I discovered something recently. What I discovered is that my original method of distributing the Forgotten Times series doesn’t work. Originally, I had thrown the Forgotten Times executables, and the data files that actually power the games into a folder creatively called “Files”, made a shortcut to the executable in the main distribution folder, then zipped everything up and put it on the web site.
The problem with the above approach is that windows shortcuts use absolute locations, and every location is different depending on the name of the user account it’s running under. As an example, if my user name is “Sid” (which, on this computer, it is), then the path name for any file located on my desktop will start with “C:\Documents and Settings\Sid\Desktop\”. Because of this, whenever the zipped distribution folder was downloaded onto a new machine, the shortcut would try and look for the data files the executable needs to run in the location they were stored on the original machine (e.g., “C:\Documents and Settings\Sid\Desktop\FT\Files”) rather than their location after the download (e.g., C:\Documents and Settings\Your Name\Desktop\FT\Files”). The result, predictably, was that the executable would enter an infinite loop, forlornly looking for the data files in a location that simply didn’t exist in its new host environment. Very sad.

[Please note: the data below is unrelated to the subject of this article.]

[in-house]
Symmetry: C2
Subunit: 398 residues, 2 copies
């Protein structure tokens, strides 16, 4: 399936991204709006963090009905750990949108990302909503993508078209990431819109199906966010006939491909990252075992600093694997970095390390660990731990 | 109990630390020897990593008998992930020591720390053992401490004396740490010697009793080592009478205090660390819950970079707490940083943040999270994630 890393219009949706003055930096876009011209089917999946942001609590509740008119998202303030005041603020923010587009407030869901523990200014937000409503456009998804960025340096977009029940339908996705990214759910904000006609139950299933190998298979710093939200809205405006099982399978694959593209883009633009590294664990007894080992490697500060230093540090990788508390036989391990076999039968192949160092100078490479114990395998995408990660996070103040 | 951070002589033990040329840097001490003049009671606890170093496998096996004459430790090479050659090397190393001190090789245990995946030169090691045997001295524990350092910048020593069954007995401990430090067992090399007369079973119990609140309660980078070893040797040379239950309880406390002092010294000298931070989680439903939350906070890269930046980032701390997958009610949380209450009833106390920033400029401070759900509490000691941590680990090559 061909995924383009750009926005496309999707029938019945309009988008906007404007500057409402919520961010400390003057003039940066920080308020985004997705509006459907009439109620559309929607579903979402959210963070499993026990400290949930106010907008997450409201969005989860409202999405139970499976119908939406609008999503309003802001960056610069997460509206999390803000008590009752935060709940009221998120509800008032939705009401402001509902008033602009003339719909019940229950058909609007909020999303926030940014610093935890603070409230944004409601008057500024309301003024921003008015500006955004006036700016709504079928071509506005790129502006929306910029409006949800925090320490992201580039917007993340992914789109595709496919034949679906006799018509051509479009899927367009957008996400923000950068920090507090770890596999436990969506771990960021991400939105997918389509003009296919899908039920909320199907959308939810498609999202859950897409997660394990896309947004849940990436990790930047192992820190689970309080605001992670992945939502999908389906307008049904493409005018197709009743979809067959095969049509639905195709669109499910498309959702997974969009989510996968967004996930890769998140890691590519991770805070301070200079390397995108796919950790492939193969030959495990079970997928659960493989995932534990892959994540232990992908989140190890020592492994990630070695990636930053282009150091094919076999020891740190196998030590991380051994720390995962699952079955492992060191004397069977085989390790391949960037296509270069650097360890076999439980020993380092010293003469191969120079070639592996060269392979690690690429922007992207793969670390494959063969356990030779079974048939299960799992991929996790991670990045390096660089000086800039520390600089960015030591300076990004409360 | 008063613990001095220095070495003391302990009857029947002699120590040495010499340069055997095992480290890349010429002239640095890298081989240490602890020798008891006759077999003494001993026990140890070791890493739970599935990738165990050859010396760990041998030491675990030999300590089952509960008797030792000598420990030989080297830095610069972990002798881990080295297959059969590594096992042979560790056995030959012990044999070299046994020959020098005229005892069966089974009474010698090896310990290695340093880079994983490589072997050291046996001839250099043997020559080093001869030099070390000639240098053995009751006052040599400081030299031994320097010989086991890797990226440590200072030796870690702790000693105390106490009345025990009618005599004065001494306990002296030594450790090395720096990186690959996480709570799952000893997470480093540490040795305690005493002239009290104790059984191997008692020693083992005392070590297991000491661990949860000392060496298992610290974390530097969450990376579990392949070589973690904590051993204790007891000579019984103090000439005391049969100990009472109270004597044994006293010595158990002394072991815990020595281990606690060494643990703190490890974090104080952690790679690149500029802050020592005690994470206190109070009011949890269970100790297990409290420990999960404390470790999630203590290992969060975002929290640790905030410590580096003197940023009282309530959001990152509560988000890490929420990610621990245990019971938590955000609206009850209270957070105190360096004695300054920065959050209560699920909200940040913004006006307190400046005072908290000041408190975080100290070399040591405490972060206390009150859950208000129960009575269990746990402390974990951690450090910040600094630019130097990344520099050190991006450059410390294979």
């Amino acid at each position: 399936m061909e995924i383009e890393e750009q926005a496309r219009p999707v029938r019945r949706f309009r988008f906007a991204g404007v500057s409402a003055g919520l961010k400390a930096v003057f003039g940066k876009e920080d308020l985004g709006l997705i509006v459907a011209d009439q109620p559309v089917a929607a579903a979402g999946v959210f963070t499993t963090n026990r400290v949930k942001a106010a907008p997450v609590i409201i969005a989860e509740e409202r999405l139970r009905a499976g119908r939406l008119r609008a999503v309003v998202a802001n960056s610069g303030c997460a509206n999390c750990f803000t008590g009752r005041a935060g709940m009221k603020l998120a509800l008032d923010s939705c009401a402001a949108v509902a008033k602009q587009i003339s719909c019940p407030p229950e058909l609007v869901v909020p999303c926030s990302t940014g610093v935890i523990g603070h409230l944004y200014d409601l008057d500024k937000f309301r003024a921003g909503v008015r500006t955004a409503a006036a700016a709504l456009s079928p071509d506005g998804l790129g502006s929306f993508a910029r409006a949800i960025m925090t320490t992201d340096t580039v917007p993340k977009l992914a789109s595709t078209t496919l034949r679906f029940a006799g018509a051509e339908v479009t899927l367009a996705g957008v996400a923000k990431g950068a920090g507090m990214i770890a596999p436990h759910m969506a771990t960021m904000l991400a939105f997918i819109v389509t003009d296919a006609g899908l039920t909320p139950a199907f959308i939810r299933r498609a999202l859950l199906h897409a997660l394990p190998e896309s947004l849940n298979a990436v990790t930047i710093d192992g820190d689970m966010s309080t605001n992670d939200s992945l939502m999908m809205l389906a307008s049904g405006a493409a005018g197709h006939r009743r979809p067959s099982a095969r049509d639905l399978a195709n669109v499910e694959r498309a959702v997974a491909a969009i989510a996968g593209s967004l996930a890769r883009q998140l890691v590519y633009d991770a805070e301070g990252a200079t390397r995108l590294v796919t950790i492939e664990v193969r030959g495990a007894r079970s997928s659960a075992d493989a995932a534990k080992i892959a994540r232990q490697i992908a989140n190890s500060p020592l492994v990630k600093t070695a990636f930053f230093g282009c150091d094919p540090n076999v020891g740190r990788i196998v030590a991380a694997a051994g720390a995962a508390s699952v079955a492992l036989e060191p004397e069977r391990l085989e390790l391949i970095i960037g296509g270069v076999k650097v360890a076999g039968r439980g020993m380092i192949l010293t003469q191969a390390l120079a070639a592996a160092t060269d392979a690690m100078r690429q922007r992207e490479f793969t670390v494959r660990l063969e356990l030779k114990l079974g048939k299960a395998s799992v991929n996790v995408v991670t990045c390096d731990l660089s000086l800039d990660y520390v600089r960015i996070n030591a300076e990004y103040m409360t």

Anyway, I ended up deciding to solve this problem by making a wink program demonstrating for a user how to find the executables, and make a new shortcut on their own machines. It isn’t the most elegant solution, but it should get over the fact that I have no real way of knowing what the relevant user names will be on the machines where my programs are downloaded. Someday, I may end up writing a full install script. However, for now, wink it shall be.